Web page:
#1
http://www.youtube.com/watch?v=FbxS1xp4OM0

Alright, so it's pretty simple and goes A5 - G5 - F#5 - G5 and back to A
Sounds minor to me and unless my ear ear is completely worthless the tonal center is A

So, just going by the chords that are being used there are the notes

A

C#
D
E
F#
G

Alright, so here's my first question
I've learned that it's the 3b in a minor scale that gives the whole scale that typical minor feel
However, in this case, the minor 3rd has been raised from C to C# - why does the whole thing still sound minor though?

Second Question
What scale is being used?

Edit:
Oh, I think I figured it out

is this A mixolydian?

Edit 2:

If it actually IS mixolydian, why does the whole jam still sound minor? Isn't mixolydian a major-sounding mode? (see my questiona bout the 3rd)
Is it because the lead guitar is using a minor scale over the mixolydian rhythm? Or am I going into the completely wrong direction here
Last edited by Elo01 at Nov 24, 2013,
#2
It sounds minor because they use the b3 in the solo.

You could just say it's in A major, using b7 accidental (in the progression and b3 and b7 in the solo). That just gives it a bluesy sound. You get the bluesy sound by using minor scale notes over a major song.

You don't find the key by looking at the notes in the chords and building a scale. You need to listen to the chords. Let's take a chord progression like A-C-B-Bb. If you built a scale that used all chord tones, it would be the chromatic scale without the major 7th (G#). But if you listened to how it sounded like, it would be in A. That way you'll find the key - by listening to where it resolves to.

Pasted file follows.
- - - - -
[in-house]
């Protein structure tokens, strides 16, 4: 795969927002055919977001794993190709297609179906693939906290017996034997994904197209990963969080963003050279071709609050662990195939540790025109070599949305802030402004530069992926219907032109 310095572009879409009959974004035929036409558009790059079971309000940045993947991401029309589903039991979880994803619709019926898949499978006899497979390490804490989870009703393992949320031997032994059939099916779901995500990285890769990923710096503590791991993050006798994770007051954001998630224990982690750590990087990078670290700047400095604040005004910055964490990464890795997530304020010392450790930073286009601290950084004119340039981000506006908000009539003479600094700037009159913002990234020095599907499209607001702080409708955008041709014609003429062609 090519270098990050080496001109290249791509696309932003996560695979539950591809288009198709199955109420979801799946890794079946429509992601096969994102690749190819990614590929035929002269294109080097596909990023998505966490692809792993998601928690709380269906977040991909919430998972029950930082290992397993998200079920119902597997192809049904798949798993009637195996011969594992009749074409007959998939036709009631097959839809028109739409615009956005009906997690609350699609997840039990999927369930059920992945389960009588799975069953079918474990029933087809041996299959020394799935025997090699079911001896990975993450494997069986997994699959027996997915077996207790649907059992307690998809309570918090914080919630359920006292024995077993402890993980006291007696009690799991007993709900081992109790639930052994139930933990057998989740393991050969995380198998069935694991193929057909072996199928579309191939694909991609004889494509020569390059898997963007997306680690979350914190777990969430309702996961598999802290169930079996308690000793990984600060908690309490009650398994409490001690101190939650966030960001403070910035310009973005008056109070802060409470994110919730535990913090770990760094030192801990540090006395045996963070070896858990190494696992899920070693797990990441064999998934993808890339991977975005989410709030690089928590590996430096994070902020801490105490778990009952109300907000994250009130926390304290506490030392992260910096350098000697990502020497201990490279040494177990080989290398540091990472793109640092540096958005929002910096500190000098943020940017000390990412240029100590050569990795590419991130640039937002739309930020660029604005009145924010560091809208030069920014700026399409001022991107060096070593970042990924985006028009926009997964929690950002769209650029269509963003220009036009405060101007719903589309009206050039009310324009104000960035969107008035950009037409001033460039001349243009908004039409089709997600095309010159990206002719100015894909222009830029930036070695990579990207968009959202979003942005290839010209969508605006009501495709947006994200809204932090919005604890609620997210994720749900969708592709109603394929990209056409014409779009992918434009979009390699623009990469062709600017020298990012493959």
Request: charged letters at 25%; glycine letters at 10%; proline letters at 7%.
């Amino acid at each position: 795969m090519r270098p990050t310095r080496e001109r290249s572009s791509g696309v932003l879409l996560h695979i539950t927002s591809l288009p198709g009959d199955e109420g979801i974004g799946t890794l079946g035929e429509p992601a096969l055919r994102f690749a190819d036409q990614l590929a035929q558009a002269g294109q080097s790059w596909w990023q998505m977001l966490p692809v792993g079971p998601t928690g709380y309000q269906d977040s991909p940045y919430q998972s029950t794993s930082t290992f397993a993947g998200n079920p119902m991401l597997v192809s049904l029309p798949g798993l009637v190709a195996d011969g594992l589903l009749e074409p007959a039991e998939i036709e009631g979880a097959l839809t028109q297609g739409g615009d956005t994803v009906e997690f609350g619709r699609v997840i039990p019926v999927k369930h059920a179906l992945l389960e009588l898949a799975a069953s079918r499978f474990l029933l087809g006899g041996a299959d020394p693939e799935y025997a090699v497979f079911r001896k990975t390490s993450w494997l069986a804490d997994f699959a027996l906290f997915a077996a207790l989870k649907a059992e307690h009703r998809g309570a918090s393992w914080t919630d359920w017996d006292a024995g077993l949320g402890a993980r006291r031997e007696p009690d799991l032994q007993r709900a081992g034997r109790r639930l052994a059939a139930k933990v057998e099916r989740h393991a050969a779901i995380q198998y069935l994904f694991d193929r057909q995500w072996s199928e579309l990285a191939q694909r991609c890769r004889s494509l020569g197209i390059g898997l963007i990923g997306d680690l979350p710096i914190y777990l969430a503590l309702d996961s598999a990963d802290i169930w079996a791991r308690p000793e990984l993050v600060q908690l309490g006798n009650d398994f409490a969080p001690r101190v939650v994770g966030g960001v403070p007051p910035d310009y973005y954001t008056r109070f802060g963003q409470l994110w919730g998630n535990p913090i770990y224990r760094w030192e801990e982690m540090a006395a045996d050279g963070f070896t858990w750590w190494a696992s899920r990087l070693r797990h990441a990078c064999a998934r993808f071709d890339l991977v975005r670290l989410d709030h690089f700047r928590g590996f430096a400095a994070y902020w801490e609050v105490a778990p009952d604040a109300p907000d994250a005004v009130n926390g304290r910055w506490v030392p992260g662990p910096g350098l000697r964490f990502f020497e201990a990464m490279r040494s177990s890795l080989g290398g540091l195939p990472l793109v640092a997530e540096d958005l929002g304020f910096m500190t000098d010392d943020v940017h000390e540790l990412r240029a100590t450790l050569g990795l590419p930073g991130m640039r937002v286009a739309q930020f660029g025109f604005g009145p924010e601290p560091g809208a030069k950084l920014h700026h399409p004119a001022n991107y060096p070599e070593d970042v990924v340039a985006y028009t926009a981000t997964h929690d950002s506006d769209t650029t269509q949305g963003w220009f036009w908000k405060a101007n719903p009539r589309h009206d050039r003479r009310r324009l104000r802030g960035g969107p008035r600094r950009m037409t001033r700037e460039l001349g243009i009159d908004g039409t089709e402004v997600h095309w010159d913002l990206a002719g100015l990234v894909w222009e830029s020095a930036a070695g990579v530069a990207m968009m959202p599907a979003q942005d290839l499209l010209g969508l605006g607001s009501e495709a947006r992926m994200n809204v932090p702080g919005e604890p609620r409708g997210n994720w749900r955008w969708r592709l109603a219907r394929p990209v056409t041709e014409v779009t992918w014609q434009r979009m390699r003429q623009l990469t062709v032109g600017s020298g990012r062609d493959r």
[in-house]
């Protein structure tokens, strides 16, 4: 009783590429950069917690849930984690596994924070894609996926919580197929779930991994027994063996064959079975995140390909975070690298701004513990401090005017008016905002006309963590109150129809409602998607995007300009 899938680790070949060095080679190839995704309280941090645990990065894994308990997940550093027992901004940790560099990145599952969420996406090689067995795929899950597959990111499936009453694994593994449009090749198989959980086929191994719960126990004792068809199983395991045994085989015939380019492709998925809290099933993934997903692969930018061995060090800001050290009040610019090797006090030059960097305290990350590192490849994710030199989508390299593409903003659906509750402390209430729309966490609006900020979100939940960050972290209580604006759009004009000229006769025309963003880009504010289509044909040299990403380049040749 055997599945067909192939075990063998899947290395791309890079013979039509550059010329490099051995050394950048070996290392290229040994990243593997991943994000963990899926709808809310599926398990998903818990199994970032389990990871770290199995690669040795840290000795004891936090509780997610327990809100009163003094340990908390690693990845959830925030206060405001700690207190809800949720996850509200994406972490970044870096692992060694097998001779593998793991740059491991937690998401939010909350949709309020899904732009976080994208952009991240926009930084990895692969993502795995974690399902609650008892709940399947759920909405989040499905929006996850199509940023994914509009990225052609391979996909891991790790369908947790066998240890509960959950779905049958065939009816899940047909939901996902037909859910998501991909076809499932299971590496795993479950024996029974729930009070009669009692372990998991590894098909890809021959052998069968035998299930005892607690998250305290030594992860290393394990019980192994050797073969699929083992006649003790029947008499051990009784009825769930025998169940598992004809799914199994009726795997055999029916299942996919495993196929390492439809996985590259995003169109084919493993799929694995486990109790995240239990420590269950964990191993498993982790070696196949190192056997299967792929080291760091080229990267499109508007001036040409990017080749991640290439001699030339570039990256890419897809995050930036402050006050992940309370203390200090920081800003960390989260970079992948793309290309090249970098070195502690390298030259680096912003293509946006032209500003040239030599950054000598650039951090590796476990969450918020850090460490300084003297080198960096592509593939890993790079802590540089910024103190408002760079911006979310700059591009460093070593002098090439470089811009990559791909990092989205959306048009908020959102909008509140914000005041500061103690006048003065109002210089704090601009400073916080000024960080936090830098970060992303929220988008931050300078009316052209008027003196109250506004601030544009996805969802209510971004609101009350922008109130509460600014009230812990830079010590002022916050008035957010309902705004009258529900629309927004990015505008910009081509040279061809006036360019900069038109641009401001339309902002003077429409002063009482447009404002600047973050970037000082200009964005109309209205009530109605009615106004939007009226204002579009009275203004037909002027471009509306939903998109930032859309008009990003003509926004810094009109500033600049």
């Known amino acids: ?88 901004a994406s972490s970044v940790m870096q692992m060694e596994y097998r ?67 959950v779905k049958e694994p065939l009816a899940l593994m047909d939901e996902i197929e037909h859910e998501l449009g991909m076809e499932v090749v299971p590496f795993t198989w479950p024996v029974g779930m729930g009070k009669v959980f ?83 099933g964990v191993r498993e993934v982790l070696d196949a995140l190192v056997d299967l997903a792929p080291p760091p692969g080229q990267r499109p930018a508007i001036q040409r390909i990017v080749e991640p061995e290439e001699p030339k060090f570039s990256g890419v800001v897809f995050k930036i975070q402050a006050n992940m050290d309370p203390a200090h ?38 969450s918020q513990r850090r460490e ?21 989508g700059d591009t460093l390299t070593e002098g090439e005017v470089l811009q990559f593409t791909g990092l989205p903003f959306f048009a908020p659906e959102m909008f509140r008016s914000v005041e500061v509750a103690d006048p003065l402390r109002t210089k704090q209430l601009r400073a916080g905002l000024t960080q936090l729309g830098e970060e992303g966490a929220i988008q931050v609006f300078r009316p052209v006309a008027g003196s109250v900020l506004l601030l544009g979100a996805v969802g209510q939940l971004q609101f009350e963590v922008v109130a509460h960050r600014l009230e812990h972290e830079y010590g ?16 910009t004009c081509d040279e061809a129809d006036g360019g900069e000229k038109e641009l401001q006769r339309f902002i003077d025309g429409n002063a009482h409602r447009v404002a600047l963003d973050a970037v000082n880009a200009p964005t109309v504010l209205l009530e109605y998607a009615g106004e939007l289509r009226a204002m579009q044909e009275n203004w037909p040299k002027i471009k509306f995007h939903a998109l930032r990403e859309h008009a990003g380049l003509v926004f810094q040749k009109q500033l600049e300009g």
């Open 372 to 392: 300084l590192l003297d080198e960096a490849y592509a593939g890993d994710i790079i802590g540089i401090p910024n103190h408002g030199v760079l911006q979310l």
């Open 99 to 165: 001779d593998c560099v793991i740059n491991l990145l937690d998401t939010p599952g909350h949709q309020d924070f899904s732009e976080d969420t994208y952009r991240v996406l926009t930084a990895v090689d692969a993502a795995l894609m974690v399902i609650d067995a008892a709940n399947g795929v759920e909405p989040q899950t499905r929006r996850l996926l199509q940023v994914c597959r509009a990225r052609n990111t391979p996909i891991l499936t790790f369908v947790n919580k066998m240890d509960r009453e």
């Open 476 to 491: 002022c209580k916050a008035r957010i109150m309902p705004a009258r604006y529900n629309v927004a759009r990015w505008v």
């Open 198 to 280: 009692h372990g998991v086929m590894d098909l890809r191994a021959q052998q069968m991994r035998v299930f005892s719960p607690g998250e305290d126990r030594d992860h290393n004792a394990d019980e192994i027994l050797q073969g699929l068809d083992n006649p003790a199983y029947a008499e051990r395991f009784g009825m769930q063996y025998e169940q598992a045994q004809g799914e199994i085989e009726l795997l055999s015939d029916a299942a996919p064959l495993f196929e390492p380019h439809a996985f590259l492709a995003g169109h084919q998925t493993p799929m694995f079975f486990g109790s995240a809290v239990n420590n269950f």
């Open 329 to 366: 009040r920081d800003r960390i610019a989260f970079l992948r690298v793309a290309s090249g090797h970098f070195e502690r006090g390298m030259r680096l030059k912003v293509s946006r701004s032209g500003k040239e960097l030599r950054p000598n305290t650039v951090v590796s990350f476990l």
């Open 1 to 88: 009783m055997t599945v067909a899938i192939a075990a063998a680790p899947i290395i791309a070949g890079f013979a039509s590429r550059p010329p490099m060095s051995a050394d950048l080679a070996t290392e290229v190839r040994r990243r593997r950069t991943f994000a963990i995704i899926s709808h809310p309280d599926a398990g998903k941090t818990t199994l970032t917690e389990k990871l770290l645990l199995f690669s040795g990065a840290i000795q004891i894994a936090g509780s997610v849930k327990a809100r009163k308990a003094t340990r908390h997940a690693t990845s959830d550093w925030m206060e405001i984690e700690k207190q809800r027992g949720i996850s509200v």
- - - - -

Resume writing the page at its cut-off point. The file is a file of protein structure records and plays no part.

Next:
But good, you actually listened to it and found the tonal center.
Quote by AlanHB
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#3
But even the very beginning of the jam, without any minor lead guitar, sounds more minor than major to me

Or maybe I'm just associating the b7 with "minor"

Oh well
#4
Quote by Elo01
But even the very beginning of the jam, without any minor lead guitar, sounds more minor than major to me

Or maybe I'm just associating the b7 with "minor"

Oh well

Yeah. And maybe it's also because they are playing power chords. The beginning of the progression (A5-G5) sounds like minor and it starts to sound more like major when they play the F#5 chord. If they played full chords, it would sound like major all the time.
Quote by AlanHB
Just remember that there are no boring scales, just boring players.

Gear

Bach Stradivarius 37G
Charvel So Cal
Fender Dimension Bass
Hartke HyDrive 210c
Ibanez BL70
Laney VC30
Tokai TB48
Yamaha FG720S-12
Yamaha P115
#5
^ yeah

if they played the F5 instead of F#5 it'd sound more genuinely minor, to my ears anyway. to my ears it's more "bluesy/rocky" than out-and-out minor. in fact maybe it's even slightly more major to my ears than minor.
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Quote by K33nbl4d3
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#6
Naw man, I'm pretty sure it's 68.22% minor.

Either way, thanks for all the answers

Learned something new yet again
#7
33.3% really

But yeah seriously, though, a lot of blues and rock progressions are kind of messing with the whole major/minor tonality. that's not to say some aren't totally major or minor, because some are, but a lot are kind of in-between.